Trump lawyers call impeachment trial unconstitutional in laying out defense
Lawyers representing former President Trump on Tuesday detailed the defense they’ll lay out at next week’s impeachment trial, arguing that it is unconstitutional to impeach a former president and that Trump’s speech did not directly lead to the deadly siege on the U.S. Capitol building on Jan. 6.
The defense brief argues that Trump’s speech before a group of supporters, some of whom later sacked the Capitol, was protected under the First Amendment. And it accuses Democrats of depriving Trump of due process by rushing impeachment through the House.
“It is denied that the 45th president of the United States ever engaged in a violation of his oath of office,” the defense attorneys wrote. “To the contrary, at all times Donald J. Trump fully and faithfully executed his duties as the president of the United States and at all times acted to the best of his ability to preserve, protect and defend the Constitution of the United States while never engaging in any high crimes or misdemeanors.”
The filing from Trump attorneys David Schoen and Bruce Castor is in response to the article of impeachment passed last month by the House accusing Trump of “incitement of insurrection against the Republic he swore to protect.”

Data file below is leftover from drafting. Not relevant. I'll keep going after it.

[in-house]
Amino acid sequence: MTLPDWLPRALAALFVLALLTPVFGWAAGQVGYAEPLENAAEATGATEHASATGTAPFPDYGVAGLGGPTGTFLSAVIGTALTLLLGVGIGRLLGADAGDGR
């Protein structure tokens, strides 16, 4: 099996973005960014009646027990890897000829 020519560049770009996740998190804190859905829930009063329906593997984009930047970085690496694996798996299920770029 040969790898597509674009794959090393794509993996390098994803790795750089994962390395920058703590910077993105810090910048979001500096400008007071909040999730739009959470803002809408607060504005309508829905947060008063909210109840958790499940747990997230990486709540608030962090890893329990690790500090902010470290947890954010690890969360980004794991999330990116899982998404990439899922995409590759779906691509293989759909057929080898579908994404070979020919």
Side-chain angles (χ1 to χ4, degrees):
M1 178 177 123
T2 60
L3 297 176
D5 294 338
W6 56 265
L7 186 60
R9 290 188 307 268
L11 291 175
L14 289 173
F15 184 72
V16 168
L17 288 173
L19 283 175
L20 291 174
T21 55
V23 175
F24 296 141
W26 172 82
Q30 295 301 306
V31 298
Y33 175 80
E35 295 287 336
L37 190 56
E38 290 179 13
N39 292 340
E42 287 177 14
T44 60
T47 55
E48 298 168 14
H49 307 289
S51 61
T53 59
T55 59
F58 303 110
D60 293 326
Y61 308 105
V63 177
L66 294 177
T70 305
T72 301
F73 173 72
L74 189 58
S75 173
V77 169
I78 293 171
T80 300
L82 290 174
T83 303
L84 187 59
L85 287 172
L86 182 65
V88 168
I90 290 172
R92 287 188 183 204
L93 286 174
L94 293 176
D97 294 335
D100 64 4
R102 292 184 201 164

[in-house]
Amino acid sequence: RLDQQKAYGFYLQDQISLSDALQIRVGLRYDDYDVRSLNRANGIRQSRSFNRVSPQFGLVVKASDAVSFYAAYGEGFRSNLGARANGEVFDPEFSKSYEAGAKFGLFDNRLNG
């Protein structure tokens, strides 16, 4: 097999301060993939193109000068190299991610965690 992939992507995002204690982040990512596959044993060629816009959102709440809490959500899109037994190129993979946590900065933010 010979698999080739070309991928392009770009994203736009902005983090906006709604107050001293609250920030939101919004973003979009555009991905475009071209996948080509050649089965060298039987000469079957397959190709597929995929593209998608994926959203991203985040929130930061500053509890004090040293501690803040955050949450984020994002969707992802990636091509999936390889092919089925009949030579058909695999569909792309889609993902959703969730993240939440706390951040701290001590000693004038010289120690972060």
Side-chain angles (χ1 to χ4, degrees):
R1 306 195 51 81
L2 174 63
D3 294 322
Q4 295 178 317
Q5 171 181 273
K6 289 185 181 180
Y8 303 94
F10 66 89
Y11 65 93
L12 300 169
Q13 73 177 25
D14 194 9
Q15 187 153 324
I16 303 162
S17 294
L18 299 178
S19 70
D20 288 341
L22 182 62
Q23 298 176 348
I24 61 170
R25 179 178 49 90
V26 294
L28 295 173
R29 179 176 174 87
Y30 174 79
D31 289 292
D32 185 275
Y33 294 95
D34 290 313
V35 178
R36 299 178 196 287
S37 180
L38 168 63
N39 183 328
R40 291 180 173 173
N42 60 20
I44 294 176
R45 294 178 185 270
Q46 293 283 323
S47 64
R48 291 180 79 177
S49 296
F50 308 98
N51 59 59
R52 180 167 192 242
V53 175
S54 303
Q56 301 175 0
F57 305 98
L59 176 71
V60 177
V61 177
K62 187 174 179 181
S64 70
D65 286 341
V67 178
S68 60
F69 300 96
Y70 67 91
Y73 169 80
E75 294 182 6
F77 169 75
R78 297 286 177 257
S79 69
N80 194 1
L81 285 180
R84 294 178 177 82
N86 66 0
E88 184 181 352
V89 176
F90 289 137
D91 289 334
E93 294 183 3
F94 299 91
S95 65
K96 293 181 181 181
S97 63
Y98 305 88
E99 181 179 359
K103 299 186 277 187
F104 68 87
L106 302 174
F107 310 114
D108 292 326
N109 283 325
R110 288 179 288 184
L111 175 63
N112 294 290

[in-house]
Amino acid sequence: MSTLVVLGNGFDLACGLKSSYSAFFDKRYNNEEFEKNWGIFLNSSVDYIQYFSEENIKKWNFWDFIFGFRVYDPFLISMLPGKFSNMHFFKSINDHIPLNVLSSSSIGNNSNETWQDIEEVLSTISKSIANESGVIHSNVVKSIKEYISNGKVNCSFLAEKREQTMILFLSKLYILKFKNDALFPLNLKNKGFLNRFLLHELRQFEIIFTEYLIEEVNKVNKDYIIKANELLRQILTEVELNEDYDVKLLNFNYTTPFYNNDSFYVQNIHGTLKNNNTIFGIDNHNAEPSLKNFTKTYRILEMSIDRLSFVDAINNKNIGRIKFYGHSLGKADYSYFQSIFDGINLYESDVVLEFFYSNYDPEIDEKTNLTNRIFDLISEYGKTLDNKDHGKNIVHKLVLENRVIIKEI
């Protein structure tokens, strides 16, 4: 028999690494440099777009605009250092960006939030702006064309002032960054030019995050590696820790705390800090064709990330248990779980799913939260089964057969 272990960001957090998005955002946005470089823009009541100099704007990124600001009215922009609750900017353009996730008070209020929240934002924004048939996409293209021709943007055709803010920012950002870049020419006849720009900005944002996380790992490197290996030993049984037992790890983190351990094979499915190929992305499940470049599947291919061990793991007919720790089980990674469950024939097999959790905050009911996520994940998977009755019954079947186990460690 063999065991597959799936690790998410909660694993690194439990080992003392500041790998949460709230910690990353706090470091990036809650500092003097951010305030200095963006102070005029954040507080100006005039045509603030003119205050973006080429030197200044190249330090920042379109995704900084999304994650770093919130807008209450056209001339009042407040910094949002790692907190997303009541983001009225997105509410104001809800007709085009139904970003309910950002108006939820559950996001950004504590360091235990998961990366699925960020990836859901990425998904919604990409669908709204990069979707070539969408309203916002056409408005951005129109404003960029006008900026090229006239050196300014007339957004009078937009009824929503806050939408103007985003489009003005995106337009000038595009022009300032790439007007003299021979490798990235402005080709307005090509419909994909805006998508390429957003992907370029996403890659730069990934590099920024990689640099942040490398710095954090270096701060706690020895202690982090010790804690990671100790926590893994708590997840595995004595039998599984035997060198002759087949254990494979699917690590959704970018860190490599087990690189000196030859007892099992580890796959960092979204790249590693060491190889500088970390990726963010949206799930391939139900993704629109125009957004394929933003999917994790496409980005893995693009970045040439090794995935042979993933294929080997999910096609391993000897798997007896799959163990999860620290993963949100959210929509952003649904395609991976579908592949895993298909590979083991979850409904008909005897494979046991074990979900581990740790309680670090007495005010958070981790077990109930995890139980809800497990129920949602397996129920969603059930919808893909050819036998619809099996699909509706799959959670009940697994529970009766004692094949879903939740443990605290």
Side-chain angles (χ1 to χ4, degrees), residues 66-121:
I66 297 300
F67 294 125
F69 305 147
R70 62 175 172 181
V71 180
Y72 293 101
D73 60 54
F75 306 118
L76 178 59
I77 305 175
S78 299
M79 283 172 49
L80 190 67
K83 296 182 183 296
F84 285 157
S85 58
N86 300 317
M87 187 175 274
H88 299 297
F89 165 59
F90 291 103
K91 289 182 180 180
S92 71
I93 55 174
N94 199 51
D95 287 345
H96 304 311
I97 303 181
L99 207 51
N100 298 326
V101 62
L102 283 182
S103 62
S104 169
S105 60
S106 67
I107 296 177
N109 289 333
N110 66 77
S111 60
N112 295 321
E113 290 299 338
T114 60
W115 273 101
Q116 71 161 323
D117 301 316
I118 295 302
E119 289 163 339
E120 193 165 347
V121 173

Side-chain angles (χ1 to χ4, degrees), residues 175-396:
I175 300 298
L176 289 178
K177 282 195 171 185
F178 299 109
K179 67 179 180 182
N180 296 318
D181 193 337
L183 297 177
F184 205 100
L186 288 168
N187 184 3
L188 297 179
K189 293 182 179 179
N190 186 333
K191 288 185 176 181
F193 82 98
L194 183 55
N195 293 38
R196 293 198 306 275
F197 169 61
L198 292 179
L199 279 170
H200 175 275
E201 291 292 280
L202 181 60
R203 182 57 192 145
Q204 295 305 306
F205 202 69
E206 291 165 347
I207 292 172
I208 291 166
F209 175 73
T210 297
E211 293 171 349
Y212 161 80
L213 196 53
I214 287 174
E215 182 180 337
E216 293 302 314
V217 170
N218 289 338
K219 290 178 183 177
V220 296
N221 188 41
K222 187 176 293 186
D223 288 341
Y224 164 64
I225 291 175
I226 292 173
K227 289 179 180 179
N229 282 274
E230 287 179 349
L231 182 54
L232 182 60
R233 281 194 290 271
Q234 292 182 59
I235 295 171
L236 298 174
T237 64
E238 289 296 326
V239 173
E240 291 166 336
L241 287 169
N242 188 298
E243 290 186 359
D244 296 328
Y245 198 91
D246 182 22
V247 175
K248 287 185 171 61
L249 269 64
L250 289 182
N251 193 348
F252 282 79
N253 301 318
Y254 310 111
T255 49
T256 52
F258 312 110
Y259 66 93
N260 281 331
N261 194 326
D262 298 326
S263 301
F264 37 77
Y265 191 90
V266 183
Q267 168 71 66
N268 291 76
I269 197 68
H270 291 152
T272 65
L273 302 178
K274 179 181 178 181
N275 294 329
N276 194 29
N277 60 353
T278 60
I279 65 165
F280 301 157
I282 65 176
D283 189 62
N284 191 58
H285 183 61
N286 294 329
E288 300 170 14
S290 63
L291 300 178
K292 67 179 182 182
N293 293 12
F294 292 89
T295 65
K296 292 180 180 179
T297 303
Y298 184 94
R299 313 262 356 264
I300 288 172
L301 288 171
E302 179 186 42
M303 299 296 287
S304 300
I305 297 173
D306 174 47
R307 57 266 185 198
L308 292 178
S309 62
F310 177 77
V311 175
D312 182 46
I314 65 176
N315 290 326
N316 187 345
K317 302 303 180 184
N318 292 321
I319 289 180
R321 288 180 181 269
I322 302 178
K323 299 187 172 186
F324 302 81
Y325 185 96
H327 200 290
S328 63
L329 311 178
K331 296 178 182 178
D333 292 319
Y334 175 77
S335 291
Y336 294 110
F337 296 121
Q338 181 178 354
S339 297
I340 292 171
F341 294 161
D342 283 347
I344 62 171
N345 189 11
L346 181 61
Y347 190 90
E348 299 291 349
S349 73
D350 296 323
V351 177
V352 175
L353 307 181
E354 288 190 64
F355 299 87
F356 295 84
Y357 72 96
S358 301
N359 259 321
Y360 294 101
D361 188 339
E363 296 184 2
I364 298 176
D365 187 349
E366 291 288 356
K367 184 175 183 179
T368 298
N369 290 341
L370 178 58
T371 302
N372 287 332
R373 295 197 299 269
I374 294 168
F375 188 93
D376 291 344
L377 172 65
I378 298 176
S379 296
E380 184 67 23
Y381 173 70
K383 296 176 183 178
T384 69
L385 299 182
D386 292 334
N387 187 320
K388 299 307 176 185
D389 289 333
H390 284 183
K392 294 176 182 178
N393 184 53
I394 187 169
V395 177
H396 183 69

Earlier on Tuesday, House Democrats outlined the case they intend to make against Trump, drawing a direct line from the president’s speech to a group of supporters gathered near the White House to the violent mob that later led the assault on the Capitol.
The Democrats said Trump’s speech pointed a “loaded cannon” at the Capitol building and that his behavior “requires” he be convicted and barred from ever holding office again.
“President Trump’s conduct must be declared unacceptable in the clearest and most unequivocal terms,” the Democratic brief states. “This is not a partisan matter. His actions directly threatened the very foundation on which all other political debates and disagreements unfold. They also threatened the constitutional system that protects the fundamental freedoms we cherish.”
Fundamental to Trump’s defense is the idea that the Senate has no jurisdiction to impeach Trump or bar him from running for office again because the trial will take place after he has already left office.
“The constitutional provision requires that a person actually hold office to be impeached,” Trump’s lawyers wrote.
In their own filing, Democrats detailed the way they say the Constitution “vests the Senate with full jurisdiction to hear any valid impeachment case brought by the House for high crimes and misdemeanors.”
Trump’s attorneys also made the case that the president’s speech was protected under the First Amendment, even if the rioters violated the First Amendment with their deadly siege on the Capitol.
“If the First Amendment protected only speech the government deemed popular in current American culture, it would be no protection at all,” Trump’s attorneys wrote.
They also deny that he was in any way responsible for the actions of rioters.